The same could perhaps be said of a governing body for a very large secondary school. As we go through the process of drawing the transitionary, temporary and new governing body into place, we will look very carefully at the skills and experiences that we need to ensure the new school – if that is the direction we take – is a success. Across the county, our governors are taking advantage of the professional learning and development opportunities offered through EAS, and are doing a very good job as advocates for the children in their schools.
There are benefits to having private nursery provision, in terms of the wraparound care, but there are also then risks attached. The risks are that it is a business that must make money; nursery providers have said that it’s almost impossible to manage with just the money from Welsh Government for those nursery places – that is why most private provision incurs top up fees. Top Up fees can be incredibly difficult for families on low incomes – it sometimes means that they don’t take up those places, or they take up fewer hours of those places than they are entitled to. So, there are significant concerns about how that might happen. What measures will we put in place to ensure that that doesn’t happen? Private businesses can go out of business – what measures will be put in place to ensure nursery provision stays on the site? How will we definitely get a nursery provider in on the site, considering the difficulty in doing so in a school in the south of the county?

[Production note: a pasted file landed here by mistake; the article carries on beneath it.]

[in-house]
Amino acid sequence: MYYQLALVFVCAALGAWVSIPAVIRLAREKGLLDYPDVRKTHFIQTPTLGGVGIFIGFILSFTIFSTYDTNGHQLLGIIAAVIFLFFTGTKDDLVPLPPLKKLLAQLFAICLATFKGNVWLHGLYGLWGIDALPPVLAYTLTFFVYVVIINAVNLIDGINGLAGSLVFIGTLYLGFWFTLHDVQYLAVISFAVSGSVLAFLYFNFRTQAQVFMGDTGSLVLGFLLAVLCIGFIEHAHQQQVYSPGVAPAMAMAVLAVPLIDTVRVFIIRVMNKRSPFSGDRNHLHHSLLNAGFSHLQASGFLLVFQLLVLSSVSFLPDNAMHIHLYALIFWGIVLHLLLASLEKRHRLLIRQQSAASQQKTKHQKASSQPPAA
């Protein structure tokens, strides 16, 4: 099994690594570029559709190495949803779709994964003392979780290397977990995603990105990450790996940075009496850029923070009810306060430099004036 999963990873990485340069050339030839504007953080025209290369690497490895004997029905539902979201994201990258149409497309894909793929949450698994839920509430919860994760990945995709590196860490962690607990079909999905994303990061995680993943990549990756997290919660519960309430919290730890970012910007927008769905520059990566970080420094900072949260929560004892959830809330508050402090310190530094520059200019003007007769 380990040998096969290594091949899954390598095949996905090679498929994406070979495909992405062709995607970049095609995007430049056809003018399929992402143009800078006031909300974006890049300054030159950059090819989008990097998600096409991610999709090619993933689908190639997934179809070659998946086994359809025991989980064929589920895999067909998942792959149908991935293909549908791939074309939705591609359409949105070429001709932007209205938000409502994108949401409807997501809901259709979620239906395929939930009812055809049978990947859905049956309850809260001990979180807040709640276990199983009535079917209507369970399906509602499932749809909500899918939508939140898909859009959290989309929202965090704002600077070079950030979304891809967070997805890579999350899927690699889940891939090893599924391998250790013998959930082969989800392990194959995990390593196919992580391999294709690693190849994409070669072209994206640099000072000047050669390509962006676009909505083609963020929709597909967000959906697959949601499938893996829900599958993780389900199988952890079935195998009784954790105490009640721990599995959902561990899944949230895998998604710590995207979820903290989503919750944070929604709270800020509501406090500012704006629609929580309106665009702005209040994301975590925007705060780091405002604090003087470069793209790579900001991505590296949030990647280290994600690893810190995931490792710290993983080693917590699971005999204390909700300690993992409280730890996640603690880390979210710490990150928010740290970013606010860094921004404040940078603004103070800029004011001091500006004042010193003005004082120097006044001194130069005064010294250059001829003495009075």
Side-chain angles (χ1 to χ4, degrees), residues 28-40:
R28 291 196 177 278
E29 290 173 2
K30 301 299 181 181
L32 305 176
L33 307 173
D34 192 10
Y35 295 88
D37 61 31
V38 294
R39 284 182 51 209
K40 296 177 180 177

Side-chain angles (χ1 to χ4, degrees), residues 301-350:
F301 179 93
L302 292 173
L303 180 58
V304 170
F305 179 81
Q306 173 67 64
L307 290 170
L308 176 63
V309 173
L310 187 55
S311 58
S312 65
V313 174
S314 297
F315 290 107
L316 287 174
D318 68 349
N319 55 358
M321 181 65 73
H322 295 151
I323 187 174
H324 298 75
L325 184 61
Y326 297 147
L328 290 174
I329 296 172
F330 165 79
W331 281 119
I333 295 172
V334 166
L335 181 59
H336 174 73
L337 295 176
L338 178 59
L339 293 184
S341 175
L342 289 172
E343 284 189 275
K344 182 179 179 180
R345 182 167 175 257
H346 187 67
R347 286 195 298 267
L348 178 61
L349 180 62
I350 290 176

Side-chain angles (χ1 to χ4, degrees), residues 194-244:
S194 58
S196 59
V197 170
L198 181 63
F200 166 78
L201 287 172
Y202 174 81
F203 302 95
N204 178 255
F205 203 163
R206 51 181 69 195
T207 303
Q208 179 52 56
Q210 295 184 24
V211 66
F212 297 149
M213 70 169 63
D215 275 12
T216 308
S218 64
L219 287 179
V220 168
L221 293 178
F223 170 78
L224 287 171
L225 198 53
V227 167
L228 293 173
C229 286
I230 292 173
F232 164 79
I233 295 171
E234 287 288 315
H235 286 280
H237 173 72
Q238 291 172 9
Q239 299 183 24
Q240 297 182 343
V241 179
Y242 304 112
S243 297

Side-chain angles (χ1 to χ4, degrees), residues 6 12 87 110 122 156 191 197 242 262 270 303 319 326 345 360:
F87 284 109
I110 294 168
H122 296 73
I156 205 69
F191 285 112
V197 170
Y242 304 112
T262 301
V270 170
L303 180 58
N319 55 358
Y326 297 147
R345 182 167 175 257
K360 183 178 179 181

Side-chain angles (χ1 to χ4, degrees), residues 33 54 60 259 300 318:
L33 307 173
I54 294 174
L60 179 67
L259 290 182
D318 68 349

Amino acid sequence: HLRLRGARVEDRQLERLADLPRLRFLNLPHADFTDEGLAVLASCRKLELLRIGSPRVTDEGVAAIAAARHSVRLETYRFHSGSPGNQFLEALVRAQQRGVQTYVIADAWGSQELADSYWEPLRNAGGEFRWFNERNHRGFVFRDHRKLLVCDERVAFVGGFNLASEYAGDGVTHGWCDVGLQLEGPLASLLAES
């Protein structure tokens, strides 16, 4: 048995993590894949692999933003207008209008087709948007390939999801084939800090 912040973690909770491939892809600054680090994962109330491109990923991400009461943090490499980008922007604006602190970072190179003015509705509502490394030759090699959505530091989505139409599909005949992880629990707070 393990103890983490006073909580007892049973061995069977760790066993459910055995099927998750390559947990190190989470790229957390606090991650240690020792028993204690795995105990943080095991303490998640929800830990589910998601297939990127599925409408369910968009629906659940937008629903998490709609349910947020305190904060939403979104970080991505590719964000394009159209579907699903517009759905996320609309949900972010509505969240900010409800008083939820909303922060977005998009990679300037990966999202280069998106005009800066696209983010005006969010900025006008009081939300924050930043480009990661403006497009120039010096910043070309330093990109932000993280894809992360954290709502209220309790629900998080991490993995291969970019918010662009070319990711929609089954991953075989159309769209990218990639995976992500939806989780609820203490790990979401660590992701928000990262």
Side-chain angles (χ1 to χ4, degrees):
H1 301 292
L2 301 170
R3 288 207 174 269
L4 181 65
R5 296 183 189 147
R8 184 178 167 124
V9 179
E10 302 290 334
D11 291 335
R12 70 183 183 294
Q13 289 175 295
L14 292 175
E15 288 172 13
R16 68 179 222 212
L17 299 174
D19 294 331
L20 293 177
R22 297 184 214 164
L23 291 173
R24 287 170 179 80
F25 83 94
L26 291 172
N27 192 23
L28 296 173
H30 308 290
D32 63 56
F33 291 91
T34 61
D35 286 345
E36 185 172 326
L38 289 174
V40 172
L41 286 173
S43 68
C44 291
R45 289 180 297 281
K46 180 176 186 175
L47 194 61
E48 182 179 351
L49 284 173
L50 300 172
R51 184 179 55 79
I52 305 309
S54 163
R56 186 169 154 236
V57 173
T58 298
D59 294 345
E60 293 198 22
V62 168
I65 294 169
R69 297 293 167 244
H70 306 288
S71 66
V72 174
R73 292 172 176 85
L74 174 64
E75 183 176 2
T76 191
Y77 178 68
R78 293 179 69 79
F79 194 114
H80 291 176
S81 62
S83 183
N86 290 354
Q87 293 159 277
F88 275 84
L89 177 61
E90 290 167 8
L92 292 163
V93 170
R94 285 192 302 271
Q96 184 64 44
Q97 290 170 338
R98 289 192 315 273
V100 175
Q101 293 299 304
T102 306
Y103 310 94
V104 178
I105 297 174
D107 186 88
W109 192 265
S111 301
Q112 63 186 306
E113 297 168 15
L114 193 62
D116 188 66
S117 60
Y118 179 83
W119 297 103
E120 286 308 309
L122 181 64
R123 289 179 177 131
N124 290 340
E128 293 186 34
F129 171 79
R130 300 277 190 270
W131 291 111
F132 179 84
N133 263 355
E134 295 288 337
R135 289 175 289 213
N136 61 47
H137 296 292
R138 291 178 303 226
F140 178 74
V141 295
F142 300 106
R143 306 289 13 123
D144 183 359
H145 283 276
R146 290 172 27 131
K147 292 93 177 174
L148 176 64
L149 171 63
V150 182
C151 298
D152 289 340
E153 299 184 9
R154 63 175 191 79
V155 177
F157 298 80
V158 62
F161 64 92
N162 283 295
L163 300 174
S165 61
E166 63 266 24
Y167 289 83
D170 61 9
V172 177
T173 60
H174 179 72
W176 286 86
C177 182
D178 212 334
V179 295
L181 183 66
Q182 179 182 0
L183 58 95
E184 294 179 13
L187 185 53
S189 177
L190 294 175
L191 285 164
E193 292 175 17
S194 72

In the process of approaching this, use of the word ‘private’ was unfortunate, as we were clear that it was non-maintained, for which there are different models. In Abergavenny, several nursery settings are run by committee and different governance models that aren’t profit driven. A non-maintained setting can be delivered in a number of different ways. Every child is eligible for 10 hours of nursery education every week, which is free and without a top-up, and beyond that, there is the 30-hour childcare allowance, funded by Welsh Government. So, we feel there are additional opportunities, and additional funding for us to draw on, to support extra hours, to get to a position whereby a child could have 30 hours in that setting. We were trying to find the balance of enabling people to access nursery education but also enable people to go back to work if they wanted to, for example. It is a direction of travel that Welsh Government has indicated it wants to see. The provision of nursery education in Monmouthshire is a mixed economy; in fact, there are more non-maintained providers than maintained, although the number attending is roughly 50/50. There are other advantages, such as being able to offer 48 weeks of the year through the 30-hour childcare offer, as opposed to only term time in a maintained setting. Therefore, while there are understandable concerns regarding accessibility, there are benefits associated with it as well.
Will there be a primary and secondary SRB? Is it an acknowledgement that ALN needs are increasing across the county? If it is to be a fully established SRB will there be a knock-on effect on Caldicot or the whole county, in terms of reducing capacities elsewhere?